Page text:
Day after axing regiments, Hoon boasts of £4.3bn warplane order
GEOFF Hoon rubbed salt into the wounds of those regiments axed in defence cuts yesterday when he placed an order for a further 89 Eurofighters, part of a project on which the Ministry of Defence has blown £3 billion more than it intended.
The cost of the ill-fated Eurofighter project has spiralled out of control, from an estimated 16 billion when it was first approved to more than 19 billion at the last count, and the first planes were five years late entering service.
The project ran another 130 million over budget last year alone - enough to keep the four regiments axed by Mr Hoon on Thursday running for two years. Mr Hoon said the multi-role Typhoon - the plane’s official name - would form a "cornerstone" of the RAF’s future capability.
But the MoD has faced criticism for pressing ahead with a project designed initially to tackle a Cold War air threat when the new danger comes from terrorists and states without the air power that the planes were intended to combat.
With such a role now largely redundant, the planes which Mr Hoon accepted yesterday will be adapted to a ground-attack role.
But in another blow to the UK defence industry the MoD has shunned a bid from BAE Systems Avionics to build the necessary targeting pods in Edinburgh, and is instead in the process of finalising a deal with an Israeli company.
The Save The Scottish Regiments campaign accused Mr Hoon of squandering the defence budget on badly-run projects whose cost and time overruns had forced the MoD into making cuts to other vital sections of the country’s armed forces, most notably in the infantry. "It is very nice to see that Mr Hoon’s Christmas present of hi-tech toys have arrived," said Jeff Duncan, the campaign’s organiser.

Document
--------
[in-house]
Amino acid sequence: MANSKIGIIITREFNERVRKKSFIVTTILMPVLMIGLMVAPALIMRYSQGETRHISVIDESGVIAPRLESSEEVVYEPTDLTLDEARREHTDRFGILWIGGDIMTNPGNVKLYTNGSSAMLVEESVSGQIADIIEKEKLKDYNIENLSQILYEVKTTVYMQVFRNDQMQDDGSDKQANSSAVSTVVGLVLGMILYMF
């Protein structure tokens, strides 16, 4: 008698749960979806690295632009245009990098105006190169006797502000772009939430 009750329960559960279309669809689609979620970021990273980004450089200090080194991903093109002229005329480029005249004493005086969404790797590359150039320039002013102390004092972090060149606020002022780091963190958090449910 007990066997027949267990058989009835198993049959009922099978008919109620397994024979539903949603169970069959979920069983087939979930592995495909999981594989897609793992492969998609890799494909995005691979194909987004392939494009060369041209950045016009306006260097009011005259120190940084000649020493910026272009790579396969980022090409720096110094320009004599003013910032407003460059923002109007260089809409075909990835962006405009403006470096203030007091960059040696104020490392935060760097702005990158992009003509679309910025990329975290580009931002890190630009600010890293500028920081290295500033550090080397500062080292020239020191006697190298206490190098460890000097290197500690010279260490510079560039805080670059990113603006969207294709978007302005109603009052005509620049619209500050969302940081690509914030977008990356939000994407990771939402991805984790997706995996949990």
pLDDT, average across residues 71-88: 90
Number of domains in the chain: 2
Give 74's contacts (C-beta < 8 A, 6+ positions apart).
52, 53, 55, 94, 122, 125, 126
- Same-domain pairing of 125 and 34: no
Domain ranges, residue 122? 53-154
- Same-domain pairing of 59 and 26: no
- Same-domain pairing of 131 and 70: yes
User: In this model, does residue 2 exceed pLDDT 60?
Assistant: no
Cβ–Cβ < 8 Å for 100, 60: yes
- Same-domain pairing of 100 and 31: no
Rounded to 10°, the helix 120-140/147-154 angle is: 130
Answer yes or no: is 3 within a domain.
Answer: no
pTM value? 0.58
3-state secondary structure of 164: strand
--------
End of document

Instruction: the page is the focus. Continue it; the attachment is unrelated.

"He would have done far better to spend the money on securing employment for all six Scottish regiments for many years to come. No doubt all six regiments, in particular The Royal Scots and the King’s Own Scottish Borderers, will be looking at this with astonishment."
Campaigners are due to take to the streets of Edinburgh today with a march along Princes Street followed by a rally.
But yesterday Mr Hoon insisted that the 4.3 billion deal for 89 of the fighters - which have been described by some as a "white elephant" because of delays and cost overruns in the first orders of the four-nation deal - was in the best interests of all the services.
"This is all about equipping our armed services with the best technology and the best equipment to allow them to carry out their duties. We are providing an improved effectiveness for all the services," he said.
The deal ends two years of speculation over whether the "second tranche" of Eurofighters would ever get signed. The project is already estimated to be six years late and costs have trebled Europe-wide.
Mr Hoon said the latest order would create or safeguard 16,000 jobs and added: "These planes will give our armed forces another excellent piece of equipment to complement their world-famous professionalism and courage."
The MoD allocated 91 million for developing the pods, but it is now believed to have ditched the plans and is negotiating a deal to buy systems from Israel’s Rafael Armament Development Authority.
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